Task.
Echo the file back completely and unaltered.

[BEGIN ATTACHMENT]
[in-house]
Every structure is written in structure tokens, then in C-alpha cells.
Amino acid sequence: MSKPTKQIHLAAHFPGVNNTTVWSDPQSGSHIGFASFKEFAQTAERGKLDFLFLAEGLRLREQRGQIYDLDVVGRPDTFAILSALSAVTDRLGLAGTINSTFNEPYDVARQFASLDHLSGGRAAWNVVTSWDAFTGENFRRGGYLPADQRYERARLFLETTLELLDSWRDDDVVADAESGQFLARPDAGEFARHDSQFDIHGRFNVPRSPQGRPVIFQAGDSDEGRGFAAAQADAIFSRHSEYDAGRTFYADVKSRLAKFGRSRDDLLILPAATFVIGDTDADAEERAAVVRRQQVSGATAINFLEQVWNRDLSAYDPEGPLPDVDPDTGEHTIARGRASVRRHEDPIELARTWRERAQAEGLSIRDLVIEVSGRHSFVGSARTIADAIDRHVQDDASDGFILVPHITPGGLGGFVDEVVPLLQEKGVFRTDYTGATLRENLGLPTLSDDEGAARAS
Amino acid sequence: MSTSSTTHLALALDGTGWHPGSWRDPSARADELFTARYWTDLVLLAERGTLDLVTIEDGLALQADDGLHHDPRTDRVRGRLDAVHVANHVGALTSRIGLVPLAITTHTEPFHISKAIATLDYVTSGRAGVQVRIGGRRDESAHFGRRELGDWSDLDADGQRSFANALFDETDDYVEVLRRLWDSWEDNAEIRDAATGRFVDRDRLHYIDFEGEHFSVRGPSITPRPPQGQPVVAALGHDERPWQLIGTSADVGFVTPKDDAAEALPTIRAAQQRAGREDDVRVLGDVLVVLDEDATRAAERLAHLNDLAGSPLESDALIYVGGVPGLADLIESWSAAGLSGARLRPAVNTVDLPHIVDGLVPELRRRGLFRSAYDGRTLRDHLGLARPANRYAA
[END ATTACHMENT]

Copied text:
[in-house]
Every structure is written in structure tokens, then in C-alpha cells.
Amino acid sequence: MSKPTKQIHLAAHFPGVNNTTVWSDPQSGSHIGFASFKEFAQTAERGKLDFLFLAEGLRLREQRGQIYDLDVVGRPDTFAILSALSAVTDRLGLAGTINSTFNEPYDVARQFASLDHLSGGRAAWNVVTSWDAFTGENFRRGGYLPADQRYERARLFLETTLELLDSWRDDDVVADAESGQFLARPDAGEFARHDSQFDIHGRFNVPRSPQGRPVIFQAGDSDEGRGFAAAQADAIFSRHSEYDAGRTFYADVKSRLAKFGRSRDDLLILPAATFVIGDTDADAEERAAVVRRQQVSGATAINFLEQVWNRDLSAYDPEGPLPDVDPDTGEHTIARGRASVRRHEDPIELARTWRERAQAEGLSIRDLVIEVSGRHSFVGSARTIADAIDRHVQDDASDGFILVPHITPGGLGGFVDEVVPLLQEKGVFRTDYTGATLRENLGLPTLSDDEGAARAS
Amino acid sequence: MSTSSTTHLALALDGTGWHPGSWRDPSARADELFTARYWTDLVLLAERGTLDLVTIEDGLALQADDGLHHDPRTDRVRGRLDAVHVANHVGALTSRIGLVPLAITTHTEPFHISKAIATLDYVTSGRAGVQVRIGGRRDESAHFGRRELGDWSDLDADGQRSFANALFDETDDYVEVLRRLWDSWEDNAEIRDAATGRFVDRDRLHYIDFEGEHFSVRGPSITPRPPQGQPVVAALGHDERPWQLIGTSADVGFVTPKDDAAEALPTIRAAQQRAGREDDVRVLGDVLVVLDEDATRAAERLAHLNDLAGSPLESDALIYVGGVPGLADLIESWSAAGLSGARLRPAVNTVDLPHIVDGLVPELRRRGLFRSAYDGRTLRDHLGLARPANRYAA